A. Assess conservation significance

Identify and record the physical characteristics of the site, the condition and quality of its vegetation and the presence of habitat for native species in order to determine its conservation significance.

An assessment process can:

  • Identify what is present on the site.
  • Help compare between regions, catchments, paddocks or areas within a paddock.
  • Help short–term and long–term planning and management by making it easier to work out the most appropriate management activities for different areas and which sites should receive management before others.

Steps 1 to 6 identify the physical and natural characteristics of the area being assessed. These are used to divide the area into ‘management units’. A management unit is an area or patch of land that is characterised by having relatively uniform landform, vegetation and management history. This allows for management to be applied that is most suitable to the conditions present in the patch.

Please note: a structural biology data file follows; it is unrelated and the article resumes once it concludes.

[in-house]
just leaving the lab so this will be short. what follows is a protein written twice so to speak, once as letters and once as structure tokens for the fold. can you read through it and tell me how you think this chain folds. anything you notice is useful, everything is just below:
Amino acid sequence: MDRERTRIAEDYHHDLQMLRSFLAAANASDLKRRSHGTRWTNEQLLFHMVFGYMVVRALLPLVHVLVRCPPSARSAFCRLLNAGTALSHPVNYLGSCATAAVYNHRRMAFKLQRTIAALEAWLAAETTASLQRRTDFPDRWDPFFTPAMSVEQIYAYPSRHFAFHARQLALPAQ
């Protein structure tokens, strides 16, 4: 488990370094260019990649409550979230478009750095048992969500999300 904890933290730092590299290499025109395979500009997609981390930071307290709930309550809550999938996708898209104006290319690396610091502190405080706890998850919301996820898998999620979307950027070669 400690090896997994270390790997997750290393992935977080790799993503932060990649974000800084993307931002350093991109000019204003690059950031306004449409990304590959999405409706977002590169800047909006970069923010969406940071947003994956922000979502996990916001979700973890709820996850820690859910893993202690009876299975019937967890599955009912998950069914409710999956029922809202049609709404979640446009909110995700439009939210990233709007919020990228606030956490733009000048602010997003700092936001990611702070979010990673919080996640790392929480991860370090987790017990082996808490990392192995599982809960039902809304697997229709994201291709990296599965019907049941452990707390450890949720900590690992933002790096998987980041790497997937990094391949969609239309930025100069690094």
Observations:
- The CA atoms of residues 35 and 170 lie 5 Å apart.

Identify what is on the site
Identify conservation condition
  1. Select management units and record their characteristics
  2. Assess the condition and management history of the site
Site characteristics and condition are described
Management units are identified and mapped
  1. Assess plant composition and identify vegetation communities
  2. Assess vegetation condition
Vegetation community and plant characteristics and condition are identified
  1. Assess habitat diversity and condition
  2. Assess conservation significance

Existing habitats are identified

Conservation significance of each management unit is evaluated